A Malaysian programme to fight the rapid growth in commuting accidents has been rewarded as international good practice. The initiative takes place under the umbrella of the Vision Zero campaign.
In Malaysia, the number of commuting accidents increased by 75 per cent from 19,041 accidents in 2008 increase to 33,319 accidents in 2017. To fight this, the Social Security Organisation (SOCSO) Malaysia in cooperation with the Malaysian Institute of Road Safety Research (MIROS) launched the Commuting Safety Support Program (CSSP).
The program aims to facilitate employers’ implementation of commuting safety measures at the workplace through practical intervention in order to reduce the number of motorcyclist accidents. It also encourages close cooperation between strategic partners and stakeholders for better road safety. At one event, the Minister of Human Resources M. Kulasegaran emphasised the need for joint efforts and a systematic framework to ensure the safety of workers during their daily commute.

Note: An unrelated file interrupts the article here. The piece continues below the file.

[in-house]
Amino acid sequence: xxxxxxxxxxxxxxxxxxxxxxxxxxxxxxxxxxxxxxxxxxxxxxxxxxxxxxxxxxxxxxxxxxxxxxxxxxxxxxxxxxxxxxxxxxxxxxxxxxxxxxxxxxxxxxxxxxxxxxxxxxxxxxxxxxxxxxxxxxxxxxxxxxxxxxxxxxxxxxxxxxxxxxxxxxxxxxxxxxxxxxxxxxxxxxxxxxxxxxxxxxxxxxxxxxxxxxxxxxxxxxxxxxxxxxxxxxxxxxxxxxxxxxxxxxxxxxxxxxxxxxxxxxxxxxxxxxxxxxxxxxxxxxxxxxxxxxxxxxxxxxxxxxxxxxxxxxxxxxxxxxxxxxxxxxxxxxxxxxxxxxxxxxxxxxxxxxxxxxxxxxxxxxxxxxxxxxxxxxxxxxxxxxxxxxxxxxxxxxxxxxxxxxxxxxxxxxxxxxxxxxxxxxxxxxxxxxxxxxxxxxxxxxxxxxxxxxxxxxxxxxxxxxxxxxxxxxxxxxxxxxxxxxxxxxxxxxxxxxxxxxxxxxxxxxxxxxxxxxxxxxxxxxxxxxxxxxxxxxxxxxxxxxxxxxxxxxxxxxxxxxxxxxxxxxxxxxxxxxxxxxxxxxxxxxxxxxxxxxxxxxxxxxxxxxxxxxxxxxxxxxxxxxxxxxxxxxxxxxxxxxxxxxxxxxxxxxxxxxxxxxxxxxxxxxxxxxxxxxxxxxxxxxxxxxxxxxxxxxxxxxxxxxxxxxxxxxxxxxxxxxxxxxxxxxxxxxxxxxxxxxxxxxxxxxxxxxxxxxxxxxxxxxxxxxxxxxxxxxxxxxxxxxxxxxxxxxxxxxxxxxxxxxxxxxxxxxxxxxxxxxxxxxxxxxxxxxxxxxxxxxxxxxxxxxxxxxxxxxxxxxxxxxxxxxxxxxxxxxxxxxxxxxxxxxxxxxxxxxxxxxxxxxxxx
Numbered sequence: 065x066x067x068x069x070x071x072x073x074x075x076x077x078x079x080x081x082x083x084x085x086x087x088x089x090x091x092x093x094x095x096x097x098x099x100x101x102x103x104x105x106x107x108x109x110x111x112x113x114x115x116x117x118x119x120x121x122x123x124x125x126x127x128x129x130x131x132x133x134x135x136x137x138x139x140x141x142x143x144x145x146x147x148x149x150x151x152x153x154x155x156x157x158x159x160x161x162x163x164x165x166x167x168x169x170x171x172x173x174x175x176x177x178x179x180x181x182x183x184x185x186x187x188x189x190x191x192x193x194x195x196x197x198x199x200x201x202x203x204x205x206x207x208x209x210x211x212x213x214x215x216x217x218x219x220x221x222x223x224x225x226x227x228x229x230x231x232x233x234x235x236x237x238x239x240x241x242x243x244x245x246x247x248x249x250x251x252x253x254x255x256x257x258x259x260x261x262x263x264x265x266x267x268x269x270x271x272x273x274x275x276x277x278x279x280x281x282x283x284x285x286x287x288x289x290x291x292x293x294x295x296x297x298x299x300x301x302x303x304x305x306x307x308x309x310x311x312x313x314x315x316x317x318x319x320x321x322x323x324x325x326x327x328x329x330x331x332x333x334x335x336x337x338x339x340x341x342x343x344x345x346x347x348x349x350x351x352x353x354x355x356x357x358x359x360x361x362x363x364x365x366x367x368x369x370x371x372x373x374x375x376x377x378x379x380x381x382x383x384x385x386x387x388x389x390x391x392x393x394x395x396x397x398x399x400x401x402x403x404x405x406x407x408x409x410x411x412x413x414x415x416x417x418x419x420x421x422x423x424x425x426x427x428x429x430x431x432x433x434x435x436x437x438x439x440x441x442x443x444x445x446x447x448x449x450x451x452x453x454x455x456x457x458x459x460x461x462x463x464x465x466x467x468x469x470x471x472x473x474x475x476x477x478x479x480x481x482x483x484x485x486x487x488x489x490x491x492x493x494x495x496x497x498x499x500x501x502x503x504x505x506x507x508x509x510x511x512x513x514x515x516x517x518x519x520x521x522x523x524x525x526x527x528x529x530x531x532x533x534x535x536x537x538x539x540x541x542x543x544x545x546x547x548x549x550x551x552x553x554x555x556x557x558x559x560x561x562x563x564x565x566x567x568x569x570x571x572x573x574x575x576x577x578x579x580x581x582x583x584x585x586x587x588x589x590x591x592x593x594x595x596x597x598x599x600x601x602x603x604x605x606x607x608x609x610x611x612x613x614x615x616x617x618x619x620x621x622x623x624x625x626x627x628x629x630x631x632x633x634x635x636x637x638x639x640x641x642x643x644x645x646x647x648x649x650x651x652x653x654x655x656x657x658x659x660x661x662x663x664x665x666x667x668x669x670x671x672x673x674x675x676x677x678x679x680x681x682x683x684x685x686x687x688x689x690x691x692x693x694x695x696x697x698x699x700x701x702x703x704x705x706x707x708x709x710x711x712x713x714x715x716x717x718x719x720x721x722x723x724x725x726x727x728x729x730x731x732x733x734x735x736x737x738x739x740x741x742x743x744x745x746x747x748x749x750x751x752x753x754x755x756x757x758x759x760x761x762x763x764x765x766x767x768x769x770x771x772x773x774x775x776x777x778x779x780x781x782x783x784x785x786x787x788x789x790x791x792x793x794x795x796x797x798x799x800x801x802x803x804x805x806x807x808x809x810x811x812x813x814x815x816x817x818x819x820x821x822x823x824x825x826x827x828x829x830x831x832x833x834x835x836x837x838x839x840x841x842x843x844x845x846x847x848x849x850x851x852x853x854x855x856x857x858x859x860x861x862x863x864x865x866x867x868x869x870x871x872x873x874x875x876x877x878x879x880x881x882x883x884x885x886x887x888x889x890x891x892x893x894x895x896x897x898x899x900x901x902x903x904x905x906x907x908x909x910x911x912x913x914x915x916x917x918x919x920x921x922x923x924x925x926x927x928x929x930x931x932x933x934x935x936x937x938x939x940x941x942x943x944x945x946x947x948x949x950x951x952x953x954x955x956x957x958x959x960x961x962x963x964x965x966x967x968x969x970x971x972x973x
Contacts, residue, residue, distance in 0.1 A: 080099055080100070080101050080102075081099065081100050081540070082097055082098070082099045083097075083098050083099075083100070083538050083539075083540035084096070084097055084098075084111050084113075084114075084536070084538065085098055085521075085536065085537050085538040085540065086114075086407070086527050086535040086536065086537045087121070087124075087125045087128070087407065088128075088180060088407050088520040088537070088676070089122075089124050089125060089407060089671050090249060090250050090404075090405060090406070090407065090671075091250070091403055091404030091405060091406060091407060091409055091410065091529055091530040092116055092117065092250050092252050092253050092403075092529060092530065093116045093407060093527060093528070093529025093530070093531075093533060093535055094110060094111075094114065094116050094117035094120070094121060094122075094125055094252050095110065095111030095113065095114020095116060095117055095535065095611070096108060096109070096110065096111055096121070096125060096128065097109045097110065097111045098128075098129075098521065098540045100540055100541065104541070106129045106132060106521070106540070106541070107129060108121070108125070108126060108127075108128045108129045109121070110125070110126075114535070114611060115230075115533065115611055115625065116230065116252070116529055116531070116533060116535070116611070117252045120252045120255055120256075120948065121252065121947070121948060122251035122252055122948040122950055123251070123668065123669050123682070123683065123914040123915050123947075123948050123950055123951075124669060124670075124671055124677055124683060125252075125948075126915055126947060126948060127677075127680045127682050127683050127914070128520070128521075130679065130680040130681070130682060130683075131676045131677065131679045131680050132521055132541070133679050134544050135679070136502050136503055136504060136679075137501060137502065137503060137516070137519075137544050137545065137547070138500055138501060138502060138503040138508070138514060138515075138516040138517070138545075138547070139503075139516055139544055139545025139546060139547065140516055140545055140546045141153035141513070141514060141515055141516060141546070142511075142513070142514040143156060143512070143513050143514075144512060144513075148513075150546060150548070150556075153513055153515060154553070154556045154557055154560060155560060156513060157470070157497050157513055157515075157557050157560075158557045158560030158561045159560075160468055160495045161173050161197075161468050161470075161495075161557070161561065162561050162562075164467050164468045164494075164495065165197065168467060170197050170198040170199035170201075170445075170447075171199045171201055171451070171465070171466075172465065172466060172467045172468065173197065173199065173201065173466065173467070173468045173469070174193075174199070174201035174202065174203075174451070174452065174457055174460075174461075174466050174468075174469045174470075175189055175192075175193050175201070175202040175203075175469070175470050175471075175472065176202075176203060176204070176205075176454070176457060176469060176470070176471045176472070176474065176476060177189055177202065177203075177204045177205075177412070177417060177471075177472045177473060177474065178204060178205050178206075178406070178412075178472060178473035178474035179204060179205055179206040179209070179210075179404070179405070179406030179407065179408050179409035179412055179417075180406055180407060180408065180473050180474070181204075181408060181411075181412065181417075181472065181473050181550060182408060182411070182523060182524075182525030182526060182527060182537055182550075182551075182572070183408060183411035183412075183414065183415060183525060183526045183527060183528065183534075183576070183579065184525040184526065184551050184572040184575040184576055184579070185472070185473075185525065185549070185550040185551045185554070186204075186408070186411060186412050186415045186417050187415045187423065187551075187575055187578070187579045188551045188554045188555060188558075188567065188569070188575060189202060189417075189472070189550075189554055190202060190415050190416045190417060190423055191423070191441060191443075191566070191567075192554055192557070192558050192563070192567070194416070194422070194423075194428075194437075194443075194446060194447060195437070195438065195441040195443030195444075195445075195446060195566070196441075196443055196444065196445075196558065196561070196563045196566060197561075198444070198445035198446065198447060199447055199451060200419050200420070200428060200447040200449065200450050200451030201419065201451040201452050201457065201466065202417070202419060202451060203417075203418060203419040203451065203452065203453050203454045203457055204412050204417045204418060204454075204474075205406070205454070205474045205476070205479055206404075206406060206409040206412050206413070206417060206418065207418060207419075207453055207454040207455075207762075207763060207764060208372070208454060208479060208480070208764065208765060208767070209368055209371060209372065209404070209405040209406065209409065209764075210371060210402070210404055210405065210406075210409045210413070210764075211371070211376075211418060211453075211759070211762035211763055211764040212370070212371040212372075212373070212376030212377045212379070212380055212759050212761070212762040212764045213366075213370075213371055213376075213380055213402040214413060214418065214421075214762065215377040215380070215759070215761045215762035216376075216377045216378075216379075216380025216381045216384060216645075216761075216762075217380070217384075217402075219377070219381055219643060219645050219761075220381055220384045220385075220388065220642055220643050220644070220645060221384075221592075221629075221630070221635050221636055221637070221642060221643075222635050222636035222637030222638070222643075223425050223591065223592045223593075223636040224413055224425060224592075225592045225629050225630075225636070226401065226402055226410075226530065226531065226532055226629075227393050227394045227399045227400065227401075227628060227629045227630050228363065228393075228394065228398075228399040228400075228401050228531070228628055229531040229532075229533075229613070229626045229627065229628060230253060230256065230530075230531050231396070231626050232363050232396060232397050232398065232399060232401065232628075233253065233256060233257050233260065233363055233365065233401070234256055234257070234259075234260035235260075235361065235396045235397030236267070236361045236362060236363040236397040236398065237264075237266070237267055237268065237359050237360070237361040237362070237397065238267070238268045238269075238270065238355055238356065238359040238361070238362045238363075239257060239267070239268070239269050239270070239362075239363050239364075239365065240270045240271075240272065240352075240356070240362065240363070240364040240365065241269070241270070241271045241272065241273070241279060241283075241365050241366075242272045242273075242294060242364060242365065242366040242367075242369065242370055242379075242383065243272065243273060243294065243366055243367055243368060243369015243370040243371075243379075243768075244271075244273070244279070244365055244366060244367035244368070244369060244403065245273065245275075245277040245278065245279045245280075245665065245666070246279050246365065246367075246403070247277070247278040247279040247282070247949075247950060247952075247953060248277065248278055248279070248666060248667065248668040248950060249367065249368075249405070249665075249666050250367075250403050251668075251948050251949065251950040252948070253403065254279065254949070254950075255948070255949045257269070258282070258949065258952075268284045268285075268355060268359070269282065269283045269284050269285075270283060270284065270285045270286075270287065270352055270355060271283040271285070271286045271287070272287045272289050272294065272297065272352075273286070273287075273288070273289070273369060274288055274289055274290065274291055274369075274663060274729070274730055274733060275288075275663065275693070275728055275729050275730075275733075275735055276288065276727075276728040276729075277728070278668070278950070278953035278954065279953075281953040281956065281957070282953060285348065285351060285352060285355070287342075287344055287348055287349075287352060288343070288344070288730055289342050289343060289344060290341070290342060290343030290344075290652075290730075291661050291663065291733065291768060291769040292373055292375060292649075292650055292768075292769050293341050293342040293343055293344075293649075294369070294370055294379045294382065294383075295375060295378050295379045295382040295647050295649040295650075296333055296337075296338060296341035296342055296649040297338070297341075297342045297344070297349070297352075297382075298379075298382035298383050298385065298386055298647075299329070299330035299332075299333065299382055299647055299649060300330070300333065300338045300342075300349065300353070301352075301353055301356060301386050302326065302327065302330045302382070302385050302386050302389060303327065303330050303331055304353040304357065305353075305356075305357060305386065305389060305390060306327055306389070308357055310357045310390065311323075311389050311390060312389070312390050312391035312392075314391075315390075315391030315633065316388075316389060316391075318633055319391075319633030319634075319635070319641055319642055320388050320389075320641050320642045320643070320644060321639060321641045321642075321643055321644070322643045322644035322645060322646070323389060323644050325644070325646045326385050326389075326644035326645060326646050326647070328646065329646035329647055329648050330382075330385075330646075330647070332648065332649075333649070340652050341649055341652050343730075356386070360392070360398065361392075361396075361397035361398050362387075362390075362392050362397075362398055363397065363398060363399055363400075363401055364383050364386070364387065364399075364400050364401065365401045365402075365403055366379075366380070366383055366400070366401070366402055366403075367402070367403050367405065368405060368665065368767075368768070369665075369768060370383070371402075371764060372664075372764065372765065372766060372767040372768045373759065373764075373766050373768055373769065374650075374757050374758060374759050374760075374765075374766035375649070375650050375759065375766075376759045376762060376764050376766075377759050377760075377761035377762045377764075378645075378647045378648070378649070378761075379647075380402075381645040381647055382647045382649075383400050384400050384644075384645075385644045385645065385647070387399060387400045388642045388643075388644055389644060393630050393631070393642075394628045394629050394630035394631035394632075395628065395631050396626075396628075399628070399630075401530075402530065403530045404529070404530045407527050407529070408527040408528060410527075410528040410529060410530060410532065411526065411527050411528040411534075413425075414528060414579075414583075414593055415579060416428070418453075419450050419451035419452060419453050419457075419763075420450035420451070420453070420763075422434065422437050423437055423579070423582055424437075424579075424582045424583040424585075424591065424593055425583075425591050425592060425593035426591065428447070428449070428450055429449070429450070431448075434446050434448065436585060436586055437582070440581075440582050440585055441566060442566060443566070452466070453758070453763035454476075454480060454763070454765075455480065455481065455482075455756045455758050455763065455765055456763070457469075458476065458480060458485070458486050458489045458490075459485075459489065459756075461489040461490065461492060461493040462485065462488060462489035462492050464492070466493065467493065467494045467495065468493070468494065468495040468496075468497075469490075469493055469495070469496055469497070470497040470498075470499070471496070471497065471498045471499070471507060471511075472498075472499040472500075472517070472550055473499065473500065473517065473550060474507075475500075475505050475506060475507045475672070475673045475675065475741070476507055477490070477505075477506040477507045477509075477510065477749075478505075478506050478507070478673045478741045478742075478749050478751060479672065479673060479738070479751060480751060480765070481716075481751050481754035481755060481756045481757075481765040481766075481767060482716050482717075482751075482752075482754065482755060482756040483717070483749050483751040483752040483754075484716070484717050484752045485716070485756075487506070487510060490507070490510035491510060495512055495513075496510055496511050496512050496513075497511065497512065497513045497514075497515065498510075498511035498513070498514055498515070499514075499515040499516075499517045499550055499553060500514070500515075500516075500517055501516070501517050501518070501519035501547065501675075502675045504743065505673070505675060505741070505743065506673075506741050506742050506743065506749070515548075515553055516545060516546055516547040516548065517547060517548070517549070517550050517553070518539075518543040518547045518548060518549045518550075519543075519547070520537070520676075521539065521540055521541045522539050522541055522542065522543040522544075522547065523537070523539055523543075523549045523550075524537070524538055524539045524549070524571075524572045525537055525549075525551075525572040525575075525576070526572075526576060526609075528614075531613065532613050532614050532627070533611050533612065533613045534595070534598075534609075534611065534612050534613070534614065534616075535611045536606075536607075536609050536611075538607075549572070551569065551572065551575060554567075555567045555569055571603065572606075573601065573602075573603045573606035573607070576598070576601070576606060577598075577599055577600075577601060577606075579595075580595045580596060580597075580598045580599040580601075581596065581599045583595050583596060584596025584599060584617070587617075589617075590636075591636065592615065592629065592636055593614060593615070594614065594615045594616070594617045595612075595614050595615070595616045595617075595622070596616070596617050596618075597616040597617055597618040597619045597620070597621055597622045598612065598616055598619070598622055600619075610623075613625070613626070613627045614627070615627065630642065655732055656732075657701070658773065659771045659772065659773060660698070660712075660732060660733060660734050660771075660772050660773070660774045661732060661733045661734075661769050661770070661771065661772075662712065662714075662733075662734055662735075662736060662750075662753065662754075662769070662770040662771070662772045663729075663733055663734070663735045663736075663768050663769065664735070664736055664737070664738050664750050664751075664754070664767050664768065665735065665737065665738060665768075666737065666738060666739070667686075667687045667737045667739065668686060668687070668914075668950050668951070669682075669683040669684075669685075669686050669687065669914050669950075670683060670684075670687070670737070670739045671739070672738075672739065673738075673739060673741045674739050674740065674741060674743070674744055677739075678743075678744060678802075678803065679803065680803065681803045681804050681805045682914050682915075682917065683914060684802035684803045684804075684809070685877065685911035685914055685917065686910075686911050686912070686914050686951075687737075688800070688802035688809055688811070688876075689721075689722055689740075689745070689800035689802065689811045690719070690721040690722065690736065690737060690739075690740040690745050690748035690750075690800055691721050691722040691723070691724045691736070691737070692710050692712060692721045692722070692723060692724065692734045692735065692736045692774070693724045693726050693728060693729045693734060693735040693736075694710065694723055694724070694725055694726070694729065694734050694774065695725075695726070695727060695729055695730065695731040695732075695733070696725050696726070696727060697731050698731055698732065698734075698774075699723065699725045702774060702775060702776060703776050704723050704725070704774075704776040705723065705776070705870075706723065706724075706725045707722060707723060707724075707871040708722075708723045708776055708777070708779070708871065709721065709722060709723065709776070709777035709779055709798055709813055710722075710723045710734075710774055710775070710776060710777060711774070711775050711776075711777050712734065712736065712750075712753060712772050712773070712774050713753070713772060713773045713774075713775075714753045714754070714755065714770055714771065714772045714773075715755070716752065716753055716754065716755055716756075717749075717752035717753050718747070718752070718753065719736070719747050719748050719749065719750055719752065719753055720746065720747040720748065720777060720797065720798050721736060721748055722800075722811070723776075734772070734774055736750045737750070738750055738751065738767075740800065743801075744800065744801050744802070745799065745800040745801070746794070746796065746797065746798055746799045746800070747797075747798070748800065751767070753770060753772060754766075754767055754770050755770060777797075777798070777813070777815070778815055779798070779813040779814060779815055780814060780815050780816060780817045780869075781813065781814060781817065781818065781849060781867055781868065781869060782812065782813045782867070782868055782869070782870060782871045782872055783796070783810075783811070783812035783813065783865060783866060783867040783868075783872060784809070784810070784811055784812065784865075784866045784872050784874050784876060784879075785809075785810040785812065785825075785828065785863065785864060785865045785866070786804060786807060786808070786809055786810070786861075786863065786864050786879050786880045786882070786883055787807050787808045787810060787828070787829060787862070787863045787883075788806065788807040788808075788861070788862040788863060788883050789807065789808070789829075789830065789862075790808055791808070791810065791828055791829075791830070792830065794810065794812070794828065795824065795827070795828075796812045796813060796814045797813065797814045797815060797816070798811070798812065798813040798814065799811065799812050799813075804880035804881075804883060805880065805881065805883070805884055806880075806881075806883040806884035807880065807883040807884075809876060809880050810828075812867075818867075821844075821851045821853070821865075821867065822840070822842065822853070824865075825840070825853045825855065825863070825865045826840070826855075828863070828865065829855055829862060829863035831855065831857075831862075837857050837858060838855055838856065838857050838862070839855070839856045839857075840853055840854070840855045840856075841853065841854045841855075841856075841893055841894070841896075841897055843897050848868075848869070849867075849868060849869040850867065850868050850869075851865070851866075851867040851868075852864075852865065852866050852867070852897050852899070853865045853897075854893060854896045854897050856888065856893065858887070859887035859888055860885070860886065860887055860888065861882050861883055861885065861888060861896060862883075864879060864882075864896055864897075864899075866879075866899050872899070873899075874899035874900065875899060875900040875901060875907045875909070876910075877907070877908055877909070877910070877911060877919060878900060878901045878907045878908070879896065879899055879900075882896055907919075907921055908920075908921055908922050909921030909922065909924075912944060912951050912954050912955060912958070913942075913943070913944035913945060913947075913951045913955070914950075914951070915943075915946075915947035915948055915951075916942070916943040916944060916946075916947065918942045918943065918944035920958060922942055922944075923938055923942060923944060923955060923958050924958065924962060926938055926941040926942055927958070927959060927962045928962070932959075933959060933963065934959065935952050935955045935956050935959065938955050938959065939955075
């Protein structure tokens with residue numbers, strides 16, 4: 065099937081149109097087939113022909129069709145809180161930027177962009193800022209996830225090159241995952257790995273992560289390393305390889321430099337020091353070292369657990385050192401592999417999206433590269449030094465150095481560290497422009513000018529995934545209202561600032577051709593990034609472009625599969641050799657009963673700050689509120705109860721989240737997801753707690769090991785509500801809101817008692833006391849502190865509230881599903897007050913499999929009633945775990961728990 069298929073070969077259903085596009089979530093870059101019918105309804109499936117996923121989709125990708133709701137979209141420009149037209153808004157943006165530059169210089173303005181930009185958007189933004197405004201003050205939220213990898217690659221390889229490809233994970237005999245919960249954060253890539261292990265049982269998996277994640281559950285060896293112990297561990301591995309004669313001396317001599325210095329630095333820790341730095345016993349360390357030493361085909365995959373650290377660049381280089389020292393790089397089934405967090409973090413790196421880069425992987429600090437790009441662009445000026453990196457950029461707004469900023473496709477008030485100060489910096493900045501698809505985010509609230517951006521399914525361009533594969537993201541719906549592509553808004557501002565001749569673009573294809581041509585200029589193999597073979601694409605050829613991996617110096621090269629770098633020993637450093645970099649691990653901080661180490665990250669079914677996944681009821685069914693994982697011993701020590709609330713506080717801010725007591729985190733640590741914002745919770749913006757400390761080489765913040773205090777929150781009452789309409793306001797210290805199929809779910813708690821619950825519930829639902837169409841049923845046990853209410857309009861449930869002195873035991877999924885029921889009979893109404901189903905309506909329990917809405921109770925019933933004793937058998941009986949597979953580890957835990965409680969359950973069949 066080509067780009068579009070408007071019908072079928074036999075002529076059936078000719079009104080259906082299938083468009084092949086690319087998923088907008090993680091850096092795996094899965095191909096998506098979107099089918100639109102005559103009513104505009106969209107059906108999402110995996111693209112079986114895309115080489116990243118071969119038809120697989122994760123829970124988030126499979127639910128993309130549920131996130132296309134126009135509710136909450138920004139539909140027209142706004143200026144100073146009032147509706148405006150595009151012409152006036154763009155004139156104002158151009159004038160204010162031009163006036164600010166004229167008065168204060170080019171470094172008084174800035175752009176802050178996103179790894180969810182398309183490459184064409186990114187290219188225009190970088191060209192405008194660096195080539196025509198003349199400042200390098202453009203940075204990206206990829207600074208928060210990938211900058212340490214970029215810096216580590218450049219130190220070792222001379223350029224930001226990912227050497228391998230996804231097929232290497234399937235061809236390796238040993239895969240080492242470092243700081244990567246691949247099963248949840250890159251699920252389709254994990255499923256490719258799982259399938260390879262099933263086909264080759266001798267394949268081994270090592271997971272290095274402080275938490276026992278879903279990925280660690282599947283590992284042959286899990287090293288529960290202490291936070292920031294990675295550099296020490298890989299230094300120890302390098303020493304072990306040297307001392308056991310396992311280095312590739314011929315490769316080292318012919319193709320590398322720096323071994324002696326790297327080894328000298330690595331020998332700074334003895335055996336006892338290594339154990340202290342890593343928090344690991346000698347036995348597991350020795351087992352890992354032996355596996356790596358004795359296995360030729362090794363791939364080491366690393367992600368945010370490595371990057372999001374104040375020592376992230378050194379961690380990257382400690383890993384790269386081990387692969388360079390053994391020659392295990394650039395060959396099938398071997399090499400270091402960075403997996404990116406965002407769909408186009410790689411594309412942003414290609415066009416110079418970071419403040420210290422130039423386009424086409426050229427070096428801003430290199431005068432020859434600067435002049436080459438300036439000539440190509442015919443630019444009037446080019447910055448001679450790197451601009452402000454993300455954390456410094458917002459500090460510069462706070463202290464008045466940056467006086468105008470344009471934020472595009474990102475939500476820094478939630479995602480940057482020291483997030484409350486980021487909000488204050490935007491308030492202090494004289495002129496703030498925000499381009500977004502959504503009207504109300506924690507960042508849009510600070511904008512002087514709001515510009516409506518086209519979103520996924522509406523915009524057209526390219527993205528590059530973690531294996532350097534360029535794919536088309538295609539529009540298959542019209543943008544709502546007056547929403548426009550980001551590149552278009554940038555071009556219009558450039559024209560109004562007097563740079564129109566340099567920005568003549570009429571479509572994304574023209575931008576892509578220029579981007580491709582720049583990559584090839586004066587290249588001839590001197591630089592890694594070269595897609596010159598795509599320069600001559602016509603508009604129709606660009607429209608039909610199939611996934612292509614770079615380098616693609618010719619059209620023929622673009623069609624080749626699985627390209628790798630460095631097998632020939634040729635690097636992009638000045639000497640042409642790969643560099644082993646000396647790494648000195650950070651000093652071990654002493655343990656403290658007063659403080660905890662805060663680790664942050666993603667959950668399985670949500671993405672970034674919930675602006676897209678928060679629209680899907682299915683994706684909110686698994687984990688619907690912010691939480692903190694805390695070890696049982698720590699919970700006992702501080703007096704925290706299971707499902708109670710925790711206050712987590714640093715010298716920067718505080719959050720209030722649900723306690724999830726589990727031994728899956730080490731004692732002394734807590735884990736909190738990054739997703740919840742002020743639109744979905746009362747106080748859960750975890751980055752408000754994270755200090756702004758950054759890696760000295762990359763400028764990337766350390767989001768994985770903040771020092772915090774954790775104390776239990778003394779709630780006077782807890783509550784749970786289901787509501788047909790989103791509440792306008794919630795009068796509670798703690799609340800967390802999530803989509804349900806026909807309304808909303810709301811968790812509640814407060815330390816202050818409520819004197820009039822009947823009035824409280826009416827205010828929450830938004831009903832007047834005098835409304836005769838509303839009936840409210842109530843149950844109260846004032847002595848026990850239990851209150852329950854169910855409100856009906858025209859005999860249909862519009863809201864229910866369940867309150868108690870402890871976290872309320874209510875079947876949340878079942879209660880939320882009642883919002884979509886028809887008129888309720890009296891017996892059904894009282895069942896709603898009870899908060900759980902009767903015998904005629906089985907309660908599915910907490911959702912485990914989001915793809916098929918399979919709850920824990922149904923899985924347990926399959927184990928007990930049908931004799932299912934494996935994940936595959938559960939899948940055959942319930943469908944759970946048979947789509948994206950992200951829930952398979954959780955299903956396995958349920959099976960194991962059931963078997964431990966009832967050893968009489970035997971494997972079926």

In one year, 805 training sessions were organized and 10,000 motorcyclists successfully trained through the CSSP. This resulted in improved riding behaviour by 85 percent of participants in terms of using personal protection such as helmets and protective vests, and 76 percent of the workplaces engaged with the programme achieved at least 10 percent reduced involvement in commuting accidents.
The CSSP is part of SOCSO’s initiative to support and implement Vision Zero based on the three pillars of safety, health and wellbeing, following the 7 Golden Rules. The programme also builds on the Standard and Industrial Research Institute 4 (SIRIM) of Malaysia: 2014 Good Practices in Implementing Commuting Safety Management Guidelines.
Recently, the project was included in the Good Practice database of the International Social Security Association.